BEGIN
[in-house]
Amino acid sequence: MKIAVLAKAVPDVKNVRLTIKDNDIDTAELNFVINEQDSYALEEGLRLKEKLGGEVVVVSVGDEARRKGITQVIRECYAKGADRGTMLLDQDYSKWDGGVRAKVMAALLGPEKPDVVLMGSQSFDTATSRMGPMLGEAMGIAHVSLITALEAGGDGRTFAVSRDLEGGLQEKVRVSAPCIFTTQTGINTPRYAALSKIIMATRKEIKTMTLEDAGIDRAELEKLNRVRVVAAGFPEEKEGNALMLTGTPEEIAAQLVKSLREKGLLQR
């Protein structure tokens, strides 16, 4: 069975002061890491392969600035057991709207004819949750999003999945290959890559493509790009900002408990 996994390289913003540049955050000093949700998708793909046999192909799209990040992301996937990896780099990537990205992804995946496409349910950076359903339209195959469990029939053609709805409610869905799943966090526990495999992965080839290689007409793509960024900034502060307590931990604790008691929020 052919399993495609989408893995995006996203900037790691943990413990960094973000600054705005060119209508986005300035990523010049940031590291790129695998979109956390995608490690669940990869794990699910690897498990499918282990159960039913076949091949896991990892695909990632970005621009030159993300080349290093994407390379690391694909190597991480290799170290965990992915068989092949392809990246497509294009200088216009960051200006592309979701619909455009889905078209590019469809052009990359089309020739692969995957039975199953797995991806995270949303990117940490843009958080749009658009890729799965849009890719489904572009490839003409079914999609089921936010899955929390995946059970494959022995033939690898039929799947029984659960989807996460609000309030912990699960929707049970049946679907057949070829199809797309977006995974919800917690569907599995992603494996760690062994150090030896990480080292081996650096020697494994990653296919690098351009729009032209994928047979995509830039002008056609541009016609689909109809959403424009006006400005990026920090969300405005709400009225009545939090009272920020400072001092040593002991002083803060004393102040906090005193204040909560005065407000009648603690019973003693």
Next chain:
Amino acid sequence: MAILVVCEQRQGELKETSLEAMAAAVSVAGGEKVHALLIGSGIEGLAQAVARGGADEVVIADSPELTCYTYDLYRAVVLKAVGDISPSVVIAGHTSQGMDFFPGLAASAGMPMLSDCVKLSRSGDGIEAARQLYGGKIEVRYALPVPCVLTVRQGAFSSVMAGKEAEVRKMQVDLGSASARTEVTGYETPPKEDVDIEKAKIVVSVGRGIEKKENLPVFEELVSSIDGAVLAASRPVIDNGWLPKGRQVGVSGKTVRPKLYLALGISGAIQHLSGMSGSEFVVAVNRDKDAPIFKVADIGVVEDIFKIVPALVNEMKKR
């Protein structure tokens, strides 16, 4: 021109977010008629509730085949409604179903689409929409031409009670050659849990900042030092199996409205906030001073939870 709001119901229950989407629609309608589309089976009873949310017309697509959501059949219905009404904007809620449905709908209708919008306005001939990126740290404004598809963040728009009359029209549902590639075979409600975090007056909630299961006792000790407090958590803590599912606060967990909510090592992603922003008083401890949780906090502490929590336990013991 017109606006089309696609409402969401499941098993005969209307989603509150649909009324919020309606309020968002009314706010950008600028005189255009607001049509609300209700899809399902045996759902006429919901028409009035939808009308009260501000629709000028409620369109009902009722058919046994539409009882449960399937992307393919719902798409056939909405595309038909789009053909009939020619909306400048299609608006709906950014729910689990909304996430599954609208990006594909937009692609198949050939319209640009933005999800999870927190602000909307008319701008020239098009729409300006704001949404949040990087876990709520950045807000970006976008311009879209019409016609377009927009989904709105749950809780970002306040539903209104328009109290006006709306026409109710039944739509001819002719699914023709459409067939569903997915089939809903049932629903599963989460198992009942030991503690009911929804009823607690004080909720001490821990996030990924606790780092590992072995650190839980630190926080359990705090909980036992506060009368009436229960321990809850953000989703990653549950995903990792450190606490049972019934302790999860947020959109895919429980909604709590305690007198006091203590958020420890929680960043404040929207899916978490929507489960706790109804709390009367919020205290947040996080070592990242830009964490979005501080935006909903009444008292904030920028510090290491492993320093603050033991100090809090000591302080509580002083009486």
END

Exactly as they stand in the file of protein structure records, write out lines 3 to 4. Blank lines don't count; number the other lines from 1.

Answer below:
């Protein structure tokens, strides 16, 4: 069975002061890491392969600035057991709207004819949750999003999945290959890559493509790009900002408990 996994390289913003540049955050000093949700998708793909046999192909799209990040992301996937990896780099990537990205992804995946496409349910950076359903339209195959469990029939053609709805409610869905799943966090526990495999992965080839290689007409793509960024900034502060307590931990604790008691929020 052919399993495609989408893995995006996203900037790691943990413990960094973000600054705005060119209508986005300035990523010049940031590291790129695998979109956390995608490690669940990869794990699910690897498990499918282990159960039913076949091949896991990892695909990632970005621009030159993300080349290093994407390379690391694909190597991480290799170290965990992915068989092949392809990246497509294009200088216009960051200006592309979701619909455009889905078209590019469809052009990359089309020739692969995957039975199953797995991806995270949303990117940490843009958080749009658009890729799965849009890719489904572009490839003409079914999609089921936010899955929390995946059970494959022995033939690898039929799947029984659960989807996460609000309030912990699960929707049970049946679907057949070829199809797309977006995974919800917690569907599995992603494996760690062994150090030896990480080292081996650096020697494994990653296919690098351009729009032209994928047979995509830039002008056609541009016609689909109809959403424009006006400005990026920090969300405005709400009225009545939090009272920020400072001092040593002991002083803060004393102040906090005193204040909560005065407000009648603690019973003693």
Next chain: